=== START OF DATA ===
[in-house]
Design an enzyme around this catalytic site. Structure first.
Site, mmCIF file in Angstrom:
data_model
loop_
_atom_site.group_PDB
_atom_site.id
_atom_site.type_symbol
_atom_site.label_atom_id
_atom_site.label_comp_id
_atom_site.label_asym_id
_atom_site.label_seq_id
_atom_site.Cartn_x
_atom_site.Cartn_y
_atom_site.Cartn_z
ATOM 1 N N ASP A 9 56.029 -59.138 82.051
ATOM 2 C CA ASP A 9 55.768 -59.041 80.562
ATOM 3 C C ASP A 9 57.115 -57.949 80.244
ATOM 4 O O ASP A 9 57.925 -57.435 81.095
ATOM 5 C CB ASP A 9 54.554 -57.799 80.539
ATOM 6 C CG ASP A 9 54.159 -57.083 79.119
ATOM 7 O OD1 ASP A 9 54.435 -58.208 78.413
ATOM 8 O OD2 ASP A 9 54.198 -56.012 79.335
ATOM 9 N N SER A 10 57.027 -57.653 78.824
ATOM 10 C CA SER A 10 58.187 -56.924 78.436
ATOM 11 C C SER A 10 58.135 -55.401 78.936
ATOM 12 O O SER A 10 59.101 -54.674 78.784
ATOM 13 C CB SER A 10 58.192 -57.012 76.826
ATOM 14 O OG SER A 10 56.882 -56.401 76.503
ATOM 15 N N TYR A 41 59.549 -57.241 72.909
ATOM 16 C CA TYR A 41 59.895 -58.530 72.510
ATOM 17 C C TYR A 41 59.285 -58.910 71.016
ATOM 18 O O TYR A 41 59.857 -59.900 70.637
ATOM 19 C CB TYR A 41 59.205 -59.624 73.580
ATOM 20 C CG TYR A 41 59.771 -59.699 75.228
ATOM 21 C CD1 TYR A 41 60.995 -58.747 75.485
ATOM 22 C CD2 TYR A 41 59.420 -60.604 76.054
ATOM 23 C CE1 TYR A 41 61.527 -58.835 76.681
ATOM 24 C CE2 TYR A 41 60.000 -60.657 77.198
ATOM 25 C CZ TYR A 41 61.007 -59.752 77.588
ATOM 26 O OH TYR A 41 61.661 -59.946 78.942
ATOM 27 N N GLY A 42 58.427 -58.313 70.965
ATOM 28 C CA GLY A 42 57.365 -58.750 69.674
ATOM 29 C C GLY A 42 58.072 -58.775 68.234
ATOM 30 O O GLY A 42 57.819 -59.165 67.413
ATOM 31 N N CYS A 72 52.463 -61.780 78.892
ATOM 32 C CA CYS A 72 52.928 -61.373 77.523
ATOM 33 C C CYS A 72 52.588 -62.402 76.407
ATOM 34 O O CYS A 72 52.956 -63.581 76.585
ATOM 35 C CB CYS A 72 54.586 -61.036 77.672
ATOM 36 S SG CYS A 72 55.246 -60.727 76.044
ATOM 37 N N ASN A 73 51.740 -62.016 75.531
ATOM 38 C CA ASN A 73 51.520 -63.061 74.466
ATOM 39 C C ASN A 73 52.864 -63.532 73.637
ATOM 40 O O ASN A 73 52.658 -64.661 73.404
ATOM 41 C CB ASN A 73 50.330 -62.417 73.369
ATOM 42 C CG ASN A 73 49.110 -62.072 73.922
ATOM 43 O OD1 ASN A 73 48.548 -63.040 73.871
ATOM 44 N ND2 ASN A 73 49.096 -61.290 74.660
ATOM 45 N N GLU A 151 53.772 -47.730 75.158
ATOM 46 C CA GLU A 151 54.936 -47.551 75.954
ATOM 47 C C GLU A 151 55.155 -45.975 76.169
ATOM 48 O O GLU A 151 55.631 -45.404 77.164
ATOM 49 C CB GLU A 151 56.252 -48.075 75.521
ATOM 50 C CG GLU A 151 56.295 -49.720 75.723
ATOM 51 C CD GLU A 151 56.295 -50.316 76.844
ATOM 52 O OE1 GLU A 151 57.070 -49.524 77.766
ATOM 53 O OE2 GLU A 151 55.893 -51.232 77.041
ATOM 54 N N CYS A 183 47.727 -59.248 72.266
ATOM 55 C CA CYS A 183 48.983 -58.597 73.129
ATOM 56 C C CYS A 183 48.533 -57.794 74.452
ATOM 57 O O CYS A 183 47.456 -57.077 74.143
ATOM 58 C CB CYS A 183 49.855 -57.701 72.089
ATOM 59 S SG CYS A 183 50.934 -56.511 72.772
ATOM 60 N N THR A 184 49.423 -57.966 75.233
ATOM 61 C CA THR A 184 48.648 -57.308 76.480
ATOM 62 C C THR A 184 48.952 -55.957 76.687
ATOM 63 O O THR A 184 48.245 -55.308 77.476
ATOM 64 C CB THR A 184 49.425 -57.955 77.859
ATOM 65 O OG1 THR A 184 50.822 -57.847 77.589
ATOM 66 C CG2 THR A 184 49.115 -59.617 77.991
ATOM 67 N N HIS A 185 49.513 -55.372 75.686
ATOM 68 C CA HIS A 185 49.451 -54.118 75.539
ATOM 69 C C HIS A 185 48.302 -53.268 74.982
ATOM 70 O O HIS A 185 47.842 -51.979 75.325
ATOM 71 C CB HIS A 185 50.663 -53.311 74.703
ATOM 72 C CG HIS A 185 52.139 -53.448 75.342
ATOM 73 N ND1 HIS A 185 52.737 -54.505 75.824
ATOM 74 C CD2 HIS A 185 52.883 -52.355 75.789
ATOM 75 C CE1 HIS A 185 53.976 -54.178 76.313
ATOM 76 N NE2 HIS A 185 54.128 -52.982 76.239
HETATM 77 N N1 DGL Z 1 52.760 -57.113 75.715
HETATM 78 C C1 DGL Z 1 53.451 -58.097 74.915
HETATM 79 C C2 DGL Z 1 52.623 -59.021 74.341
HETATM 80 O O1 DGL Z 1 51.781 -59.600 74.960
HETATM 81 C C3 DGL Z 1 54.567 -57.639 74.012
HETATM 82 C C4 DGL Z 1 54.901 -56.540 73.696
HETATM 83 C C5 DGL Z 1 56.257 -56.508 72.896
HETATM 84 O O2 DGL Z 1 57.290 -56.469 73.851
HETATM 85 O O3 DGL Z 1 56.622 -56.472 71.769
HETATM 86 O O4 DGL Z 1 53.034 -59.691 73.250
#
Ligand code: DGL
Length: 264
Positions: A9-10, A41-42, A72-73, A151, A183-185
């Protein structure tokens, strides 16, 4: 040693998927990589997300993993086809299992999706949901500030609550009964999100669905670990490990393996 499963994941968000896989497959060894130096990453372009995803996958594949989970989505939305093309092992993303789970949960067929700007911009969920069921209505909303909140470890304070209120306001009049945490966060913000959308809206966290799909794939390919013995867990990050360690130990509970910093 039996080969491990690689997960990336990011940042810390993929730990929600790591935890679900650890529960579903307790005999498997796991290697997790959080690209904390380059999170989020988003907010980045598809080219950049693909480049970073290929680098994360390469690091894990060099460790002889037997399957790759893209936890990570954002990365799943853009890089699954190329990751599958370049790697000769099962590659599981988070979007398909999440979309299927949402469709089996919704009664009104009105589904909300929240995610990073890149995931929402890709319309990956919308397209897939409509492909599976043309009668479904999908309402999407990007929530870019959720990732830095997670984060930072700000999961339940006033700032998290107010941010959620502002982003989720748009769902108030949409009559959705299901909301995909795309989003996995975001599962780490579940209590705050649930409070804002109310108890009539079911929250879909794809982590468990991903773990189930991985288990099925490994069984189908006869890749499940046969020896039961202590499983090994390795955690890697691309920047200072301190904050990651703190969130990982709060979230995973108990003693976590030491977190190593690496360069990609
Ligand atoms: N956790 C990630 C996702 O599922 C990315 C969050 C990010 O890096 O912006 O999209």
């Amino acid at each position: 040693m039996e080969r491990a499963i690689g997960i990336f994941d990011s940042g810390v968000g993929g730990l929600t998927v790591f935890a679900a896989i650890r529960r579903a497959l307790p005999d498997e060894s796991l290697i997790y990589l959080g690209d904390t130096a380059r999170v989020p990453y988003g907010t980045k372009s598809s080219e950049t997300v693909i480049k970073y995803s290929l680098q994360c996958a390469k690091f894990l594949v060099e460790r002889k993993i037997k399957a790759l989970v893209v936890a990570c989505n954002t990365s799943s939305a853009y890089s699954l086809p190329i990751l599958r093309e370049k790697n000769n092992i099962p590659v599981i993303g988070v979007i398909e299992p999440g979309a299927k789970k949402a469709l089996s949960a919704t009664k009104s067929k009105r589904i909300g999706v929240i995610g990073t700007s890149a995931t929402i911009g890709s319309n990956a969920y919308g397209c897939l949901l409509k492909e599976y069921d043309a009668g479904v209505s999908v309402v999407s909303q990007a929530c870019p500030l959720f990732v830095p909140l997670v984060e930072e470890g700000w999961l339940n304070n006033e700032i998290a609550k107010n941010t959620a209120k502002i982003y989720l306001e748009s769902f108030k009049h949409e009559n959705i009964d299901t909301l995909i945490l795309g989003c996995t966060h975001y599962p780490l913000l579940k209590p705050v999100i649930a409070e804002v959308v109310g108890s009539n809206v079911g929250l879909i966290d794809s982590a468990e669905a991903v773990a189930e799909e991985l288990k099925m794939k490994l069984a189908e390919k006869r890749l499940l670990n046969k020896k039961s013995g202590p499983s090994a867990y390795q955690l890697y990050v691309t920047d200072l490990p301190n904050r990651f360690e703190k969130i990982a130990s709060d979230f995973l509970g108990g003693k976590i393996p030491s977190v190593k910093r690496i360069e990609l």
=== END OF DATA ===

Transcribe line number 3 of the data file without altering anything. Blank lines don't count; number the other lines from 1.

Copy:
Site, mmCIF file in Angstrom: